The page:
S.(Raghu) Raghavan, University of Maryland, Rapid Influence Maximization on Social Networks: The Positive Influence Dominating Set Problem, 13:00-14:00, Aug. 14, 2018 (Tuesday),Shunde Bldg., Rm. 510 2018.08.14

[Title] Rapid Influence Maximization on Social Networks: The Positive Influence Dominating Set Problem
[Speaker] S. (Raghu) Raghavan, University of Maryland
[Host] Dr. Xiaolei Xie
[Time] 13:00-14:00, Aug. 14, 2018 (Tuesday)
[Venue]  Shunde Bldg., Rm. 510
[Abstract] Motivated by applications arising on social networks, we study a problem called the Positive Influence Dominating Set (PIDS) problem that generalizes the dominating set problem.Given a graph G = (V,E), each node i in V has a weight, denoted by b(i), and a neighbor requirement, denoted by g(i). We seek a subset P of V such that a node i not in P is adjacent to at least g(i) members of P and the sum of weights of those nodes in P is minimized. Notice, when g(i)=k for all nodes in the graph we obtain the k-dominating set problem, where k=1 gives the dominating set problem. We discuss two formulations for the PIDS problem that follow directly from the dominating set problem. Then based on a novel edge splitting idea we derive a strong and compact extended formulation for the PIDS problem. By projecting the extended formulation, we obtain an equivalent formulation with fewer variables. Both of these formulations are tight on trees, showing that we have a complete description of the polytope of the PIDS problem on trees. We build upon these two formulations, and experiment on a large set of real-world social networks. Our projected formulation significantly outperforms the other formulations and can solve problems on real-world social networks with up to 2.5 million edges and 7.9 million nodes. (Joint work with Professor Rui Zhang, University of Colorado)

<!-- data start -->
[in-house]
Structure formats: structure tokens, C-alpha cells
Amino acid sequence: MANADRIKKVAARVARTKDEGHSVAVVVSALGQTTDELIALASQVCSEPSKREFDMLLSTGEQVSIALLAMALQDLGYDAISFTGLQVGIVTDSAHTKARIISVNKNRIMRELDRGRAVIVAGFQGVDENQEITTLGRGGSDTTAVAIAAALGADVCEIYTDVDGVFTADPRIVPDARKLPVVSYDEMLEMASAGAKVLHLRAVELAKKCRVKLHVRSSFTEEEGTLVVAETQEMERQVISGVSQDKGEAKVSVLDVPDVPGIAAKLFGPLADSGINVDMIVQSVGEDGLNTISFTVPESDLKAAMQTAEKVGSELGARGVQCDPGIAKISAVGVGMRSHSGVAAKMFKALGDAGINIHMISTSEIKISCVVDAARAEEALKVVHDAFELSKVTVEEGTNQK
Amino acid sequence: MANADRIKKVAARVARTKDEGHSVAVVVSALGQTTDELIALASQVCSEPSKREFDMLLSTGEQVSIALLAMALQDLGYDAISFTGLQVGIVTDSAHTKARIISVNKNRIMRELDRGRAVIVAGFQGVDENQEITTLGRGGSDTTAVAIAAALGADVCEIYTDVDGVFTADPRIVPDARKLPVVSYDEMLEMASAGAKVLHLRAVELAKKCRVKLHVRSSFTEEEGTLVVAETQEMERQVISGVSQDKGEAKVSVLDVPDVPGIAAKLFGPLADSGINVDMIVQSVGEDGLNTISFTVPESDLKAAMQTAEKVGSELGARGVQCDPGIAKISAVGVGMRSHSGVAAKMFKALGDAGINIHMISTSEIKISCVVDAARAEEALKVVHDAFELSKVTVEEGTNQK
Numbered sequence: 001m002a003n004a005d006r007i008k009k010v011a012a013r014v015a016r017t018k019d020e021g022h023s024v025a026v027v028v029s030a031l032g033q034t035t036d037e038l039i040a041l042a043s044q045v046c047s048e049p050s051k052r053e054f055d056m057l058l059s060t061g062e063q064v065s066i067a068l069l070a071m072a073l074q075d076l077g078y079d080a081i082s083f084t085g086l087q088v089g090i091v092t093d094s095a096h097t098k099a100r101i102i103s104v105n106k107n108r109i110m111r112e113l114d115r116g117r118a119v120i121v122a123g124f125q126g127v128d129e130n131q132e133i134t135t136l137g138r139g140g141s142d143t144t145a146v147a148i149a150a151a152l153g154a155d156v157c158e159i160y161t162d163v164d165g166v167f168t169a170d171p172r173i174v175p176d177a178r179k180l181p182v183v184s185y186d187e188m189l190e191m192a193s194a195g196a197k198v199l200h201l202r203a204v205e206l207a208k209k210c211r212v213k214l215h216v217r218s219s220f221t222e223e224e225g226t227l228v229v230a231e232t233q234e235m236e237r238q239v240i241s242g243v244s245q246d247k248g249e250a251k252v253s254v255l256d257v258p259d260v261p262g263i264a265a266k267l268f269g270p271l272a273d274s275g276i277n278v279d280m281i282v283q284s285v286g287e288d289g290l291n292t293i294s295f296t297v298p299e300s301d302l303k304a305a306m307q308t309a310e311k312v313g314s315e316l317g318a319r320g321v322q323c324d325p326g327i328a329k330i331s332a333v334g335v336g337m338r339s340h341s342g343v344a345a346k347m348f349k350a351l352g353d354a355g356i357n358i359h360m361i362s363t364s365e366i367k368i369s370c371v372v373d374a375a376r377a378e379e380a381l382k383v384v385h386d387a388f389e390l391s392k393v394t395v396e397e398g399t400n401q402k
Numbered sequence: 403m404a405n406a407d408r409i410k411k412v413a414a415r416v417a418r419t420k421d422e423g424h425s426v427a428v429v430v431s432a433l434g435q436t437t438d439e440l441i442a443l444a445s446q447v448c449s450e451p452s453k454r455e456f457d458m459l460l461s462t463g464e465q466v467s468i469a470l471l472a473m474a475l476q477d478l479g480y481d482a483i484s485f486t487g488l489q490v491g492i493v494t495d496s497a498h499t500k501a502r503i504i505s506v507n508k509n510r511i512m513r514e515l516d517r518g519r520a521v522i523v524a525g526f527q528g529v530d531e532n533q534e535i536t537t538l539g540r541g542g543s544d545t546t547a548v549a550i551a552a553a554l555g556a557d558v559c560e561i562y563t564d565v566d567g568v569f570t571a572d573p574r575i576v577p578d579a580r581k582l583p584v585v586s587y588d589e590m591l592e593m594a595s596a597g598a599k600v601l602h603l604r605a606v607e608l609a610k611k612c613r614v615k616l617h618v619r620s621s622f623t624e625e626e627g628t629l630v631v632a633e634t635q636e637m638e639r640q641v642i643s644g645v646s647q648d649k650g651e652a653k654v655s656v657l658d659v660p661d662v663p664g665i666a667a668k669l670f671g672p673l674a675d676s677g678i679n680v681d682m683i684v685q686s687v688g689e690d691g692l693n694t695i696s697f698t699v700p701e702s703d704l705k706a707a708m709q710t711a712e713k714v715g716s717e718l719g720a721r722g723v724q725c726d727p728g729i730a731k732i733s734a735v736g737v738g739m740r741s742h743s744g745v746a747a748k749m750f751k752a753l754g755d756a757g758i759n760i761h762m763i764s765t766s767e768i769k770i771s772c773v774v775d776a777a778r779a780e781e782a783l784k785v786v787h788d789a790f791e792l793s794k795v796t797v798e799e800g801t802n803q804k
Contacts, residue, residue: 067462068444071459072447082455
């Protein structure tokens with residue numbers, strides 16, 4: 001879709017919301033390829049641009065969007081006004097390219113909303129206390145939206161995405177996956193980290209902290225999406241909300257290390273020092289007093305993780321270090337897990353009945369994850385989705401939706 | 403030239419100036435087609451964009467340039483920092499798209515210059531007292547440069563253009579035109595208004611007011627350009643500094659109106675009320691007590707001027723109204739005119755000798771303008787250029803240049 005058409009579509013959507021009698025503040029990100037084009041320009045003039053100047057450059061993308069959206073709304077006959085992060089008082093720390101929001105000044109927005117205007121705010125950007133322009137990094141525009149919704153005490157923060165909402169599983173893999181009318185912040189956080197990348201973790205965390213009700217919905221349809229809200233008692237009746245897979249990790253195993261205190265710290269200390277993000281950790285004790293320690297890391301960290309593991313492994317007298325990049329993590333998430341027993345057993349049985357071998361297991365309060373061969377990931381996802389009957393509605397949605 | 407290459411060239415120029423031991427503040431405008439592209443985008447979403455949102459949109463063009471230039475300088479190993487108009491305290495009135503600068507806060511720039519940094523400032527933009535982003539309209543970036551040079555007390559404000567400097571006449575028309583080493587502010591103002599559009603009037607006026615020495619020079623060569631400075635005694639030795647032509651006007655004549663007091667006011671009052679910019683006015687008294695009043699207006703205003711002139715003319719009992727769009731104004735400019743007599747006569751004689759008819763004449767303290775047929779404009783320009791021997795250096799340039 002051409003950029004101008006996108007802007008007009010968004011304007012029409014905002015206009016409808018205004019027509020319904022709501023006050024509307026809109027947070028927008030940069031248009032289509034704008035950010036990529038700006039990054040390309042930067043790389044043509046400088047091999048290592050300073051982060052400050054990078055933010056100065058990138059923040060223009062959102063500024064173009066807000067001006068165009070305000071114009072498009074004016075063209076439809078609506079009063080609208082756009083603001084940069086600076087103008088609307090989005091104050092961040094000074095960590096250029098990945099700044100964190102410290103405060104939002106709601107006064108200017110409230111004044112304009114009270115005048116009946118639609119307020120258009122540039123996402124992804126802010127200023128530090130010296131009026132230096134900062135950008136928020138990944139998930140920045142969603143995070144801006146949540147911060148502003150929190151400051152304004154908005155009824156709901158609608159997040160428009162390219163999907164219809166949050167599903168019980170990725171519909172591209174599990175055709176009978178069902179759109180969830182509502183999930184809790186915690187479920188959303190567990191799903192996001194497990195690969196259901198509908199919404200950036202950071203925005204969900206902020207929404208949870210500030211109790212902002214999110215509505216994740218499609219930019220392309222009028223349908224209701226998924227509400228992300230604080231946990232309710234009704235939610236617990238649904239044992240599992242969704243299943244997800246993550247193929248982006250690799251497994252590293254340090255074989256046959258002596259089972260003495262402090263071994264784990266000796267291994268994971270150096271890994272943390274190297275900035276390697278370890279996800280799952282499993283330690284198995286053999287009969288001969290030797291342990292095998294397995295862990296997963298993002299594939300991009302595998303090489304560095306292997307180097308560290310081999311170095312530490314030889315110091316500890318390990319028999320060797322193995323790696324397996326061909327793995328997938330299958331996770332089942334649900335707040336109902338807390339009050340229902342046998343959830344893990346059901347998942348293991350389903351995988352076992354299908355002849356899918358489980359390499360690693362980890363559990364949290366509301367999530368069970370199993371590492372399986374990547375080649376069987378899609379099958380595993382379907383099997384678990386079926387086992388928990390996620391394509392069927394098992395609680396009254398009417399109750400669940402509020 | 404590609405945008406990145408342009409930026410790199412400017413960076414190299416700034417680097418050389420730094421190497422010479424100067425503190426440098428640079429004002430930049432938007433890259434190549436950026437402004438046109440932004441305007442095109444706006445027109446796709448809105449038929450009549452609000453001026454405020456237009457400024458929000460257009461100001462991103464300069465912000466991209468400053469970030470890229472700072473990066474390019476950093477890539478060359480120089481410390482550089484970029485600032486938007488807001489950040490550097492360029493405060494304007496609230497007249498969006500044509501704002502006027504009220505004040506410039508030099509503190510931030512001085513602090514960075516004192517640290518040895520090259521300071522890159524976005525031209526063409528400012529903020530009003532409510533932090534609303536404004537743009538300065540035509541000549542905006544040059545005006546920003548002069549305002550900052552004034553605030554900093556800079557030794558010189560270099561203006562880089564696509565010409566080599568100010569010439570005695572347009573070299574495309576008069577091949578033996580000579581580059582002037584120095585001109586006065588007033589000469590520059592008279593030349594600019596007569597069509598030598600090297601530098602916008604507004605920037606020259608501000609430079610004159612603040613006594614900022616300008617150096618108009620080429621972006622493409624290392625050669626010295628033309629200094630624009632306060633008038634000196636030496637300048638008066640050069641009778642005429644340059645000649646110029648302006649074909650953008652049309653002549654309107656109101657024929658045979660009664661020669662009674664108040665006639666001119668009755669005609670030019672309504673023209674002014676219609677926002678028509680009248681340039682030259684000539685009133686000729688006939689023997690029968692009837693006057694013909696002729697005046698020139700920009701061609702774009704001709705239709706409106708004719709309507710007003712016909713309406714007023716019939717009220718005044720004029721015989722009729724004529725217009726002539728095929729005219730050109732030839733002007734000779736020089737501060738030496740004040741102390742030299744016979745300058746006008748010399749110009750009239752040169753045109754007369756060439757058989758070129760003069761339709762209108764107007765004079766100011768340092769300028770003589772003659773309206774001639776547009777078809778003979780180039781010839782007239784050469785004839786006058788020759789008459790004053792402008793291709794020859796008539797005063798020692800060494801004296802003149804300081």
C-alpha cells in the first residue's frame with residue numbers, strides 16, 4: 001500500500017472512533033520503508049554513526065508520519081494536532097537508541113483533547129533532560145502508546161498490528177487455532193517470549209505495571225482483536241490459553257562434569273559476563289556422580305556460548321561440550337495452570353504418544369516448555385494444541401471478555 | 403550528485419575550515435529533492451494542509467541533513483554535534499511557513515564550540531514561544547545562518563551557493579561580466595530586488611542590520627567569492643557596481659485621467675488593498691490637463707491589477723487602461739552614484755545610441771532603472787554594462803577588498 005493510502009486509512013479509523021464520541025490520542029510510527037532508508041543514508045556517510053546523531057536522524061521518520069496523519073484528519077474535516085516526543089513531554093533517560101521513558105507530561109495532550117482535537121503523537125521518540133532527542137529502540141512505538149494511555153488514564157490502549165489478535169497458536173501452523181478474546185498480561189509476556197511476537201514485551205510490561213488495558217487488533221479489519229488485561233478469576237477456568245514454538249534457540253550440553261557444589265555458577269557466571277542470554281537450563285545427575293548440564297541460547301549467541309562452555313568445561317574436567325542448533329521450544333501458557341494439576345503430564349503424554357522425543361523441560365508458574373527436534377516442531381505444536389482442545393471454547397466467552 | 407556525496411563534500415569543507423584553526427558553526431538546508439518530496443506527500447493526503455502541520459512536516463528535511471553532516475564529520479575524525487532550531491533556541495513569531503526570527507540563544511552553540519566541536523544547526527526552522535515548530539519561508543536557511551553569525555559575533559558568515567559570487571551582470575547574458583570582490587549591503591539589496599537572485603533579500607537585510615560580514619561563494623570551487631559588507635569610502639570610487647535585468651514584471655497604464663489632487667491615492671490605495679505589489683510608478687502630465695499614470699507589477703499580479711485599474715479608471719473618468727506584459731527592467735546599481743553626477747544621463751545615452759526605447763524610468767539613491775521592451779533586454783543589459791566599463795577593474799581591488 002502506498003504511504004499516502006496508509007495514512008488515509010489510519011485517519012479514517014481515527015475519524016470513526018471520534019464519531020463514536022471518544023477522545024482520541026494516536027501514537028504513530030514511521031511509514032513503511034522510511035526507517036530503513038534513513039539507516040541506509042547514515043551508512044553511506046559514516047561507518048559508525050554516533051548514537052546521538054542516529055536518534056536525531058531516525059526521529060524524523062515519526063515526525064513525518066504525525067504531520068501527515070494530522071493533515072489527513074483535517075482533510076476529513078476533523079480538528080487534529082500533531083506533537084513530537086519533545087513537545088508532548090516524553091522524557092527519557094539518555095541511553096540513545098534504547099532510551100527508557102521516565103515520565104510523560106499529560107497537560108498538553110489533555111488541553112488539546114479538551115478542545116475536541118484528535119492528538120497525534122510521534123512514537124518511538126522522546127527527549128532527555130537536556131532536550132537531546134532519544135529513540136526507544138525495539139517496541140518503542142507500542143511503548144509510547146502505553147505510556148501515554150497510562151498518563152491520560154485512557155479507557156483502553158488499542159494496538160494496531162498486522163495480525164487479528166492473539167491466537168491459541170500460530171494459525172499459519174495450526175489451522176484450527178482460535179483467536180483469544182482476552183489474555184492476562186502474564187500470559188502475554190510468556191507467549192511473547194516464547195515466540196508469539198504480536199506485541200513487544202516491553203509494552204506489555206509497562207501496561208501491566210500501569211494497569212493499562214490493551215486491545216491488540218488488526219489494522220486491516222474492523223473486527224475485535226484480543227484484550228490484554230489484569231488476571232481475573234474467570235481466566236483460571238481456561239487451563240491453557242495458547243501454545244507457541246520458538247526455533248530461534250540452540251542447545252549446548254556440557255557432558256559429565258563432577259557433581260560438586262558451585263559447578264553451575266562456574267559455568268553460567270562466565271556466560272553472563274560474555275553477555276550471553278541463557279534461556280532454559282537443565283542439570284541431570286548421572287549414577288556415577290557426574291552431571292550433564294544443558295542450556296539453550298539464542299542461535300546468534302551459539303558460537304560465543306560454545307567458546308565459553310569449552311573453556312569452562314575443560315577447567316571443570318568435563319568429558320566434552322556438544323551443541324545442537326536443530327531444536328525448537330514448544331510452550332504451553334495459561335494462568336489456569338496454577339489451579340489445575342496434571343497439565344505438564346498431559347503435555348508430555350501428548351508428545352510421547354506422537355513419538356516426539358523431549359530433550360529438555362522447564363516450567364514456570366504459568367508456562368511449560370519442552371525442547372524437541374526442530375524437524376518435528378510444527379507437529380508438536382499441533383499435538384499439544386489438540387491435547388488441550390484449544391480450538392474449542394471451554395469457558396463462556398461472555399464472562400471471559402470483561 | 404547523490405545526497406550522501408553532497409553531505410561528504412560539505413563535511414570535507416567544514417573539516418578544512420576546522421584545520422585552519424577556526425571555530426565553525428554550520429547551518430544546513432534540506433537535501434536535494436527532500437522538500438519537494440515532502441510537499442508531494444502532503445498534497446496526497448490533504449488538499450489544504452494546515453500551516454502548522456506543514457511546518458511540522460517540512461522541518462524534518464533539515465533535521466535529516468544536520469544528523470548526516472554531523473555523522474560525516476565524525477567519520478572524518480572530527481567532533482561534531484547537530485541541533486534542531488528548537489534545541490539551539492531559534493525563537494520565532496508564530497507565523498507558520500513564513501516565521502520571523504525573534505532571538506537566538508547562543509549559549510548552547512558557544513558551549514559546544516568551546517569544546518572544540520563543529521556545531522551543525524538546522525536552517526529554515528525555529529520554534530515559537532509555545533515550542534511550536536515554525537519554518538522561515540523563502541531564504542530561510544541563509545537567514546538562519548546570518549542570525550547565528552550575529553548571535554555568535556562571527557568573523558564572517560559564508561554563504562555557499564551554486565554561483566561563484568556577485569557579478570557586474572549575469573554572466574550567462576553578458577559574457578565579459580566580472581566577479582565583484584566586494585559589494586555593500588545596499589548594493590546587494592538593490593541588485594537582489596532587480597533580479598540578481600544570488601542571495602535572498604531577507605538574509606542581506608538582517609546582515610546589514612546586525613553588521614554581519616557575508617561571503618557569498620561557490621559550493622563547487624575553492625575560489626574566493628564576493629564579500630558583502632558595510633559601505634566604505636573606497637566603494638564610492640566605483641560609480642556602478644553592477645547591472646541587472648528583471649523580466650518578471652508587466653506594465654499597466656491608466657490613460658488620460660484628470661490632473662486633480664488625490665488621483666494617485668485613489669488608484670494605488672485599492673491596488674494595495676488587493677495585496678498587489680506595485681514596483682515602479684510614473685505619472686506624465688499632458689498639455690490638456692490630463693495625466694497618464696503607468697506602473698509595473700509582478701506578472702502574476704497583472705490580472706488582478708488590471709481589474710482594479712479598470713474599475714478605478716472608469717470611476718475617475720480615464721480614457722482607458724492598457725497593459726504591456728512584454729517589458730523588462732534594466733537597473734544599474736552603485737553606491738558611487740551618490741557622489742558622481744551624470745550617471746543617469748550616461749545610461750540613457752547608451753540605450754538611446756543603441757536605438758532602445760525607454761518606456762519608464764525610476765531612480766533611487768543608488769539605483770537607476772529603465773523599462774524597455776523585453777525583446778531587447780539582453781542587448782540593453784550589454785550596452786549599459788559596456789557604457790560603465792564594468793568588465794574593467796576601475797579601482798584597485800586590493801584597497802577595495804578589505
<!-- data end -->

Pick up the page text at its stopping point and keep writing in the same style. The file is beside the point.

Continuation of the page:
[Bio] Dr. Raghavan is passionate about using quantitative methods for better decision making. He enjoys teaching business analytics courses, and is a recipient of many teaching awards. These include (i) the INFORMS Prize for the Teaching of OR/MS Practice, (ii) the Legg-Mason Teaching Innovation award at the Smith School, and (iii) several Smith School Distinguished Teaching Awards. His research interests and activities cover a broad domain including---auction design, data mining, economics, information systems, computational marketing, logistics, networks, optimization, and telecommunications. He has published on a wide variety of topics and numerous academic outlets such as Computers & Operations Research, Decision Sciences, Discrete Applied Mathematics, INFORMS Journal on Computing, Management Science, Networks, Operations Research, and Transportation Science. He holds two patents, and has won numerous awards for his work. These include (i) the Dantzig award for the best doctoral dissertation, (ii) the INFORMS Computing Society Prize (twice); once for innovative contributions to the field of data mining, and a second time for his contributions to public sector auction design, (iii) the Glover-Klingman Prize for the best paper in the journal Networks, (iv) the Management Science Strategic Innovation Prize by the European Operations Research Society, (v) the INFORMS Telecommunications Section Best Paper Award, (vi) 2nd Prize in the INFORMS Junior Faculty Paper Competition, (vii) Finalist for the European Operations Research Society Excellence in Practice Award, and (viii) Finalist for the Wagner Prize for Excellence in Operations Research Practice. Prior to joining the Smith School he led the Optimization Group at U S WEST Advanced Technologies.
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